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Bethpage residents pack a local auditorium demanding answers over a toxic chemical plume they fear could jeopardize their water supply. Katy Tur reports.
Residents from several Long Island communities packed Bethpage High School's auditorium Tuesday night to discuss their concerns about the local drinking water.
More than 70 years after Navy jet manufacturer Grumman started dumping highly toxic chemicals into the soil, the state's Department of Environmental Conservation has a plan for remediation but residents are unhappy with it.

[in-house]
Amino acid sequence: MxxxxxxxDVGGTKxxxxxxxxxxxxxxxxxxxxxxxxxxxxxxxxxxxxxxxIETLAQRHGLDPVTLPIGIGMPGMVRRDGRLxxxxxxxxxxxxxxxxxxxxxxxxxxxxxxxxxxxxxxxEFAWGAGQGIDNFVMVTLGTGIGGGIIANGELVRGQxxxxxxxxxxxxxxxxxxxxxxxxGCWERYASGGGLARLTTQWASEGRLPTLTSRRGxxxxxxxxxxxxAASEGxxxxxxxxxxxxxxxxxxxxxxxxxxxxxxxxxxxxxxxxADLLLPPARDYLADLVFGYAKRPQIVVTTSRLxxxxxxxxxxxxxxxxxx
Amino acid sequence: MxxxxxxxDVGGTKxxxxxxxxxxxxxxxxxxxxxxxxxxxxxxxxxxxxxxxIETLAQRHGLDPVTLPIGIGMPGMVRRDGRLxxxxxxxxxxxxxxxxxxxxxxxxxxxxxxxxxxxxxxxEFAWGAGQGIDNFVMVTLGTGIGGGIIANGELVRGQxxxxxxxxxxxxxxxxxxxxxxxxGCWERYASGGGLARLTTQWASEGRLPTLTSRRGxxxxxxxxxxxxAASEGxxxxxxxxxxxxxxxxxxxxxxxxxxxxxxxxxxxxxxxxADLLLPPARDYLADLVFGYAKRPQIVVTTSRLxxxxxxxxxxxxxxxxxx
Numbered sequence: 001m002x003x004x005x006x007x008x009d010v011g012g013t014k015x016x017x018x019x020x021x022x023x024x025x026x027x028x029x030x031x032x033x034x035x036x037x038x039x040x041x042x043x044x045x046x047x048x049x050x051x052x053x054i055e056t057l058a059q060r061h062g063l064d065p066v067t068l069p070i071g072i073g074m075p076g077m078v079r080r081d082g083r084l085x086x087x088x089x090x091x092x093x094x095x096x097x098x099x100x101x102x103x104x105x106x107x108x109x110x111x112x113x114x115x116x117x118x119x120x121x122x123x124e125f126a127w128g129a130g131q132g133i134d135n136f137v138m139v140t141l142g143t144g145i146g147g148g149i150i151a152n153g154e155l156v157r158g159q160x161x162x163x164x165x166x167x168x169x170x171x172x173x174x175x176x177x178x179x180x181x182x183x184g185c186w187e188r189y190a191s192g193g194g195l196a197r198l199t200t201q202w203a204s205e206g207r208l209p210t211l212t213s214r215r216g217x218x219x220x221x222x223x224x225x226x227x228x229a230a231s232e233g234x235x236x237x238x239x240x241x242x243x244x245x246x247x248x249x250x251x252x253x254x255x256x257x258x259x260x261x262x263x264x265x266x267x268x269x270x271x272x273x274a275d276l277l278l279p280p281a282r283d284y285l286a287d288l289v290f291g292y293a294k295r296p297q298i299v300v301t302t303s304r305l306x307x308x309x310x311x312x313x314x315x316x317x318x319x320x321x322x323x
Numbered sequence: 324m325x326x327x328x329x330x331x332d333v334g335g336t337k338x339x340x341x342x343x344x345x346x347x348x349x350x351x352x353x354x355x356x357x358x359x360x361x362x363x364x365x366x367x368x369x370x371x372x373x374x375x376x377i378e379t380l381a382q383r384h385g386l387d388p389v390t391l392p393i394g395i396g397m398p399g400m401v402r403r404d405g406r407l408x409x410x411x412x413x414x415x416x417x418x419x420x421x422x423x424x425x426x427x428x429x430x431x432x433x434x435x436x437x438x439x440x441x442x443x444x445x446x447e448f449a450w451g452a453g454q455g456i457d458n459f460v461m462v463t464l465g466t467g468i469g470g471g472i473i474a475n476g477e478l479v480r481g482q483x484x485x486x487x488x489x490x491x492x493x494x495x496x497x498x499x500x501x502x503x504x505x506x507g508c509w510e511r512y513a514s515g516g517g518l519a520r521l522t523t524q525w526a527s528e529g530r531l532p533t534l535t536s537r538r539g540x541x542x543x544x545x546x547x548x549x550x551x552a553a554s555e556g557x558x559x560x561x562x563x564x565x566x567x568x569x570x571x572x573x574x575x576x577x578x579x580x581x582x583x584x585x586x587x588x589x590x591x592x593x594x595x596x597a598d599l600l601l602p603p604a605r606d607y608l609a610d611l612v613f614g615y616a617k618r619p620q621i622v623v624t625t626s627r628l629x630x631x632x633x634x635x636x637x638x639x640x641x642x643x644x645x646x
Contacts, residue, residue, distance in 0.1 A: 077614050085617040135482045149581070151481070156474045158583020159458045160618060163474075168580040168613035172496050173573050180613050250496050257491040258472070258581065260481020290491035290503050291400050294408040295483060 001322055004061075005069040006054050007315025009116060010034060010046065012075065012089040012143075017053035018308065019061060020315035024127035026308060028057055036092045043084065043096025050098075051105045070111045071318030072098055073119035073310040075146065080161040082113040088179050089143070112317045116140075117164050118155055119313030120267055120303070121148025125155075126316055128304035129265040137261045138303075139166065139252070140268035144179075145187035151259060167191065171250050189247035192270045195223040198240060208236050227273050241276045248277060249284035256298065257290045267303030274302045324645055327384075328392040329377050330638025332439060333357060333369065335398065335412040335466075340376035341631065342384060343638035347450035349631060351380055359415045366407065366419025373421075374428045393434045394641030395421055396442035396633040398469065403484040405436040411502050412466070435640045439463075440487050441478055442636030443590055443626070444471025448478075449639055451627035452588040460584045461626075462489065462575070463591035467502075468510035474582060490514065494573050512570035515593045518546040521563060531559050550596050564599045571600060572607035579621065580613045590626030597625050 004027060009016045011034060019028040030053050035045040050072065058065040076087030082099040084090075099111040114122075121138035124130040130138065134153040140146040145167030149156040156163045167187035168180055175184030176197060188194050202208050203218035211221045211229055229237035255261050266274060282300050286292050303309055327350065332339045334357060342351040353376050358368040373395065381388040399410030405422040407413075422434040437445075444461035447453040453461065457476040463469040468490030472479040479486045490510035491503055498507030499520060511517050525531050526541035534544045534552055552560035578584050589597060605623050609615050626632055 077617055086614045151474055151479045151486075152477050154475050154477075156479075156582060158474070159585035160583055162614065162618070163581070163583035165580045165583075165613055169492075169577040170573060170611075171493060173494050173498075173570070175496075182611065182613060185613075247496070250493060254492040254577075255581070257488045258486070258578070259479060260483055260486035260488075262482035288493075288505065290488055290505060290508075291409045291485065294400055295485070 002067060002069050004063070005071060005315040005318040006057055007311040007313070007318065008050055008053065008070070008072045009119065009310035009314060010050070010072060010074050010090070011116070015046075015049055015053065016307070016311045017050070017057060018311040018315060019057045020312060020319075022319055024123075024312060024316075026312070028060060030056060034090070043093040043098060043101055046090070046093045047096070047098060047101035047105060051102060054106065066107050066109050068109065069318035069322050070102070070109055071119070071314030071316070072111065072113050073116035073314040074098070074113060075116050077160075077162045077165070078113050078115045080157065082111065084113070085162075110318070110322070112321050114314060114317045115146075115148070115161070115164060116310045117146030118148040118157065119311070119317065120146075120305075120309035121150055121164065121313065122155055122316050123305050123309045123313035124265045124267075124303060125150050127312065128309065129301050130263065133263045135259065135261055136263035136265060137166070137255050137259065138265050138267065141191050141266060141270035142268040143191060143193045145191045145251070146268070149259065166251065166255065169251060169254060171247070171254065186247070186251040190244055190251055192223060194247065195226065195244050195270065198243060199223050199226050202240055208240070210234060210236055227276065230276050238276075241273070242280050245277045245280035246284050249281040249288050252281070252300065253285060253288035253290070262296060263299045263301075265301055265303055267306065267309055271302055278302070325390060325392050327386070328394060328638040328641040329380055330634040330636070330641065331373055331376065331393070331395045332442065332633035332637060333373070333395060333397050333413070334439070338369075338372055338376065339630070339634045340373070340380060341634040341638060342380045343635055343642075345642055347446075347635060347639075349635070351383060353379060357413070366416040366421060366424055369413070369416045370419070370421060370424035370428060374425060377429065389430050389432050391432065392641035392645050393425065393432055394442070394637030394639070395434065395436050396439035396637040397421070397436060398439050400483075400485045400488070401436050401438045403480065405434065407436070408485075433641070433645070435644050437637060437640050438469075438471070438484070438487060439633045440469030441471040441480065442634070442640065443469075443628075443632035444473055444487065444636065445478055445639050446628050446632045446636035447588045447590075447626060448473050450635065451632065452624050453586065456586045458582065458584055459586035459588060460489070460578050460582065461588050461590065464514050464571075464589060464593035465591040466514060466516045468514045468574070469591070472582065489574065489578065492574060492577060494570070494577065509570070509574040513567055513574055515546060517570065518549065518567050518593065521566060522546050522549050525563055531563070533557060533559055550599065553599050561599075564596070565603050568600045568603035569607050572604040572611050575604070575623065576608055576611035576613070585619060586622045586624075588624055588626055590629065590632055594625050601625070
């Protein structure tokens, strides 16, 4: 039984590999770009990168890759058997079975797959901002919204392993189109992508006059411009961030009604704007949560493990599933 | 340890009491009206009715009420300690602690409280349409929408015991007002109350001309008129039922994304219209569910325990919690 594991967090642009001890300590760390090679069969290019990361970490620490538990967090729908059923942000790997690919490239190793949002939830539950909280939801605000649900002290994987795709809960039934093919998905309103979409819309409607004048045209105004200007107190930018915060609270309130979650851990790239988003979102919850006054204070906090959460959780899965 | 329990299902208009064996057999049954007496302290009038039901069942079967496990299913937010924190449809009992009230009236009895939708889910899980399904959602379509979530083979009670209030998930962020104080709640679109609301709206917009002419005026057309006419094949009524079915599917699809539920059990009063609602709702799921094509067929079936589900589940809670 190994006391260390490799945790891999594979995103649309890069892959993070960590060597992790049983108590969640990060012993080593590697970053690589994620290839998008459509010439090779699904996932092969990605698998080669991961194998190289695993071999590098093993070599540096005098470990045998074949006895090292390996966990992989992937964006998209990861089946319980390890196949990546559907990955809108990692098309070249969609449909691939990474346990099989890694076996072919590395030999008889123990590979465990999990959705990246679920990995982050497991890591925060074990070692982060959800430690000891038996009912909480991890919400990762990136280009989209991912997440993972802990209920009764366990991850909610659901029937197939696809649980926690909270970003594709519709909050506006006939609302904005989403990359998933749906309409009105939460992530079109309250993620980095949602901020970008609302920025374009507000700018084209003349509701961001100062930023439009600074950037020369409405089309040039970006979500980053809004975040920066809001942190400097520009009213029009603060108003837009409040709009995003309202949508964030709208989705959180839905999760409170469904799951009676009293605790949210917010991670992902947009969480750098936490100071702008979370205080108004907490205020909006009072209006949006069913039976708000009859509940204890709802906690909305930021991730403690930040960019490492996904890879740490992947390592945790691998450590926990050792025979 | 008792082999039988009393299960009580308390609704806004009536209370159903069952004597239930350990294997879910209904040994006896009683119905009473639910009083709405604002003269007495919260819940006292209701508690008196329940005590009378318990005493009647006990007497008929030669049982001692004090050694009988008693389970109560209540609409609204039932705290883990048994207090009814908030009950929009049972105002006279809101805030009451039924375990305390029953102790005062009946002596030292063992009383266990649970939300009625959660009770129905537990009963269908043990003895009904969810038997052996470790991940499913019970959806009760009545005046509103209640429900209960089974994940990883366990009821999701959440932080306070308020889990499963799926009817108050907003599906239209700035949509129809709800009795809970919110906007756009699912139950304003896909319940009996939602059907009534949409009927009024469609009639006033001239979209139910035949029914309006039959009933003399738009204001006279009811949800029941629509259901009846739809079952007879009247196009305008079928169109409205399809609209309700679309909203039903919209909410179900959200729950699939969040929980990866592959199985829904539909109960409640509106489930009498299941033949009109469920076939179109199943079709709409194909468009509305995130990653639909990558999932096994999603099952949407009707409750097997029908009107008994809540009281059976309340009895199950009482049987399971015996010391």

They say it's ineffective and that it's not containing the plume that now extends from Bethpage Community Park and extends about four miles south. They're worried the plume will contaminate even more public wells.
"We just do not want it in our water supply," said a neighbor who attended the meeting. "Stop it hydraulically, it can be done."
"I'm blown away by this, I didn't think it was that huge a problem, how far down south it's gone," said another woman.
Many are calling on Gov. Cuomo to step in to change the plan. His office referred to the DEC, which claims the only feasible action right now is partial containment, alongside water treatment. DEC officials say it's already being done at the superfund site.
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